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Tuesday, May 05, 2015

Sean Kelly

Hot Docs 2015: Possessed by Djinn

Possessed_by_Djinn

The murder of a young girl leads to an examination of the Islamic belief in djinn in Possessed by Djinn.  A four-year-old Jordanian girl named Aya is brutally killed by her father, who believed that she was possessed.  Spurred on by this event, filmmaker Dalia Al Kury launches into an investigation of djinn, which many Islamic people believe in, but don’t like to talk about it.  Additionally, this belief is compared to the “demons of dictatorship,” which need to be exorcised from Jordon.

Djinn are supernatural creatures in Islamic culture, which are essentially a parallel to demons in Christianity.  Those who believe that their loved ones are possessed by djinn, will often end up visiting healers called Sheikhs for assistance.  Possessed by Djinn examines these beliefs in relation to the murder of the young girl Aya.  Aya’s family refuses to press charges against her father and believes that this is all just a “test by Allah.”  The belief in djinn are contrasted with protests against the corrupt government of Jordon, which the film suggests are the “real demons” of this society.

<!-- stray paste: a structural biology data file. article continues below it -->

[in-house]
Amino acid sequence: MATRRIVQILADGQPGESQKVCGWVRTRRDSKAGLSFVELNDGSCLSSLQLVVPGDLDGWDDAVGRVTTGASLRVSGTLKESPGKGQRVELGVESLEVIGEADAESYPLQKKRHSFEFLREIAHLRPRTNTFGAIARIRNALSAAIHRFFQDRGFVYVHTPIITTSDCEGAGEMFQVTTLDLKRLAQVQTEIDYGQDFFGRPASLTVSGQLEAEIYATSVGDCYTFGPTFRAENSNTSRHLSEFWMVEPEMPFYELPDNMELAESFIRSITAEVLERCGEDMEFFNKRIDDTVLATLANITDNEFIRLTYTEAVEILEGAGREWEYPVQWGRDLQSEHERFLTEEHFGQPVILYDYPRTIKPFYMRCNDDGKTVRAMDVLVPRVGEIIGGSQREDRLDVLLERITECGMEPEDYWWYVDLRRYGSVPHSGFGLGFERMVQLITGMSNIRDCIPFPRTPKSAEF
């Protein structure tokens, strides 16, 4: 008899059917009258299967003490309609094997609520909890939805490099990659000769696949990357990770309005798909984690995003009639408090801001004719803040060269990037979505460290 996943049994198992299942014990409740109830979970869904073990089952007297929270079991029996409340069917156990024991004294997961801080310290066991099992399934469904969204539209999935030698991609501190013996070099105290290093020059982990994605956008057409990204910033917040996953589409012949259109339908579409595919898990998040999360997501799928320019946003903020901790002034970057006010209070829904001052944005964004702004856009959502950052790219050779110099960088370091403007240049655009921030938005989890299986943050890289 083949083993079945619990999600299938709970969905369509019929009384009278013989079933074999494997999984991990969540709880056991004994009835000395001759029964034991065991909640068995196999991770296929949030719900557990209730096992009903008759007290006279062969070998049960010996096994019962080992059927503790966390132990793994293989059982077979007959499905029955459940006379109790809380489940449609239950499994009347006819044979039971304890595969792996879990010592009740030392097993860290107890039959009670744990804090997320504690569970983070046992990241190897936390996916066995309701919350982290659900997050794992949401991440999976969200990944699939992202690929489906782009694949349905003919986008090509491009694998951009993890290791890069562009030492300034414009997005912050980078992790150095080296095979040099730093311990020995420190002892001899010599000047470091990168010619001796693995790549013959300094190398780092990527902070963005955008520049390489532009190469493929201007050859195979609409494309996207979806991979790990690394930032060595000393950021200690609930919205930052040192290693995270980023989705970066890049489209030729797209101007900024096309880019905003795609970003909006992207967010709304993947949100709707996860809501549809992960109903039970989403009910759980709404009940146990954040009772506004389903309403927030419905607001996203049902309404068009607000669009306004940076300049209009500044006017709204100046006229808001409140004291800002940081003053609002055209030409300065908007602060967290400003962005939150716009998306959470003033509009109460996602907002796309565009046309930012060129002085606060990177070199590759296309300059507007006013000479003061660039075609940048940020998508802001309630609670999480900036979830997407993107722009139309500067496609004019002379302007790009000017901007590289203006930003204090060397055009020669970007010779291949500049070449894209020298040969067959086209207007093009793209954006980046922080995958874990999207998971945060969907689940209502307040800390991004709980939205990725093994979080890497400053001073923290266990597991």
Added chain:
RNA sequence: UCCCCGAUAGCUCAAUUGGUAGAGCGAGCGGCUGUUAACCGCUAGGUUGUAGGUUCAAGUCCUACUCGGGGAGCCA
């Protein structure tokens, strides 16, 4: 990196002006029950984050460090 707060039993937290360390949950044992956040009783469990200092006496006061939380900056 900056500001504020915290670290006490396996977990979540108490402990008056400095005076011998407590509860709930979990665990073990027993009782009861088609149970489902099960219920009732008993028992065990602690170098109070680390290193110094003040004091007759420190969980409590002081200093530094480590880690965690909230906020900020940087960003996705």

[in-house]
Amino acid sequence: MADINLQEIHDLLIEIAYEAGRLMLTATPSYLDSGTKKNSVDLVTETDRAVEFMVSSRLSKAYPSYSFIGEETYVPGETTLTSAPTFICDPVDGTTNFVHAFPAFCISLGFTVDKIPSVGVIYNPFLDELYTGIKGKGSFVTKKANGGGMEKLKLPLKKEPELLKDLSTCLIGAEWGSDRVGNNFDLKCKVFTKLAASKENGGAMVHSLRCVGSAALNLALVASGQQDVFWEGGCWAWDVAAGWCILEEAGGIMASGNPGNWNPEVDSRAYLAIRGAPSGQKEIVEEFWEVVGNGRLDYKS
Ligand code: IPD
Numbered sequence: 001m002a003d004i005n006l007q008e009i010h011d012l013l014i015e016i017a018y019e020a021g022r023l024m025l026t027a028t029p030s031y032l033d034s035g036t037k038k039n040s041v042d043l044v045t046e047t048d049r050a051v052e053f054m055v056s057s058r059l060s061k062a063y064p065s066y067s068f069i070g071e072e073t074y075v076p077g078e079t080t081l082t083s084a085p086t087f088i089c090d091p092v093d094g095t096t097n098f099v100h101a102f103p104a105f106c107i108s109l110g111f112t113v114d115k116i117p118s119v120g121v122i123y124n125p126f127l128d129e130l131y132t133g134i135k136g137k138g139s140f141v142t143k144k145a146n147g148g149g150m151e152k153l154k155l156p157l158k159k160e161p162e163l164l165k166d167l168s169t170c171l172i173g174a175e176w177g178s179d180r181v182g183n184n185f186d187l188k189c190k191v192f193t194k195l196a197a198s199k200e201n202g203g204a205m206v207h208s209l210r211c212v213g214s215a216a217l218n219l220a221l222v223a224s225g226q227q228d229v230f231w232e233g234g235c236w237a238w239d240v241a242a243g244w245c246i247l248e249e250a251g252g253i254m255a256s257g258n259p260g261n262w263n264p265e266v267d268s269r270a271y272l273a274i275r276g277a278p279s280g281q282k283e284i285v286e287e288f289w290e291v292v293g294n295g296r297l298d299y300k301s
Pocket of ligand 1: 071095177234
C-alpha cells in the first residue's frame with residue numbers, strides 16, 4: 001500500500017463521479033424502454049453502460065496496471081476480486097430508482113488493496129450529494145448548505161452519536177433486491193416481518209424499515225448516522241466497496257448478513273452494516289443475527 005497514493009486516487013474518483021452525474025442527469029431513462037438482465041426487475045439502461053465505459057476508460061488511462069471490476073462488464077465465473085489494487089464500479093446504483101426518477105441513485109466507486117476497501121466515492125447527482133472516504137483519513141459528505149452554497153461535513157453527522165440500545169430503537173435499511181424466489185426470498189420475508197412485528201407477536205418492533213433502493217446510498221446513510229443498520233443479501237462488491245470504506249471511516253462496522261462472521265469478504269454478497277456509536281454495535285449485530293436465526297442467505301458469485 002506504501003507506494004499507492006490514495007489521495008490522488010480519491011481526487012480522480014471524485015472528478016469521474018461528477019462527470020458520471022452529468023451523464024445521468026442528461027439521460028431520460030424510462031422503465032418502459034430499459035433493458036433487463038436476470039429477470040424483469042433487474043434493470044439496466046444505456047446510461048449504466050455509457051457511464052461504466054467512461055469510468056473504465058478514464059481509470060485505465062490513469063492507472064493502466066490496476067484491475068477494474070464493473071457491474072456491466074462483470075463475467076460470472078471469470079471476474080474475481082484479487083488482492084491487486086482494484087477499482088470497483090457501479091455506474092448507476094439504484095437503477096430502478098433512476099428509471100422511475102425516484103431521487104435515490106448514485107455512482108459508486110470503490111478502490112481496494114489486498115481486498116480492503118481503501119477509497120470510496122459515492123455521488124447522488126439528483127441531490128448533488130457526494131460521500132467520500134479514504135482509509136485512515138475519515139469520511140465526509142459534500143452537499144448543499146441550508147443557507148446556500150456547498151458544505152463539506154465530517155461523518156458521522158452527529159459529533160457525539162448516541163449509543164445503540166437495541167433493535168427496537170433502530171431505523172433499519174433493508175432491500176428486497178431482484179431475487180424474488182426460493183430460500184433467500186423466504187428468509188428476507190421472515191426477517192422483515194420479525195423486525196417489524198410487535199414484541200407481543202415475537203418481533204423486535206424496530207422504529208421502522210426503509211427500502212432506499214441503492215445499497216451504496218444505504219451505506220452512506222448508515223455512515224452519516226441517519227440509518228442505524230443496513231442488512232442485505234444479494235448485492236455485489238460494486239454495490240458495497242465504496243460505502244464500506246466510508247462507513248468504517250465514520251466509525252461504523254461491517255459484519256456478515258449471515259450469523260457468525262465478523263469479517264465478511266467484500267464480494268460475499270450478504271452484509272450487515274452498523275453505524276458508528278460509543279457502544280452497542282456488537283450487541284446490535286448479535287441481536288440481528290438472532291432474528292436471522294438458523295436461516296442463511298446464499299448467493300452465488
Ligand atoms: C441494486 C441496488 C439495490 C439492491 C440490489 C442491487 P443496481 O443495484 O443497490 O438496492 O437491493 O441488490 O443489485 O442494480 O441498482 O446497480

It can be said that Possessed by Djinn ultimately takes a very atheist approach, in examining how the Islamic belief in djinn essentially lets a man off the hook for brutally murdering his daughter.  However, this viewpoint is contradicted a bit in the narration, where Dalia Al Kury describes strange events happening to her, such as waking up in the middle of the night at exactly 4am.  What is obvious from this film is that Jordon has a very corrupt and patriarchal society, which believes that Aya’s family “needs their father,” even though he was a domestic abuser and killed his youngest daughter. It’s something to think about.

★ ★ ★ 1/2 | FAIR 

Sean Kelly

About Sean Kelly -

Sean Patrick Kelly is a self-described ├╝ber-geek, who has been an avid film lover for all his life. He graduated from York University in 2010 with an honours B.A. in Cinema and Media Studies and he likes to believe he knows what he’s talking about when he writes about film (despite occasionally going on pointless rants).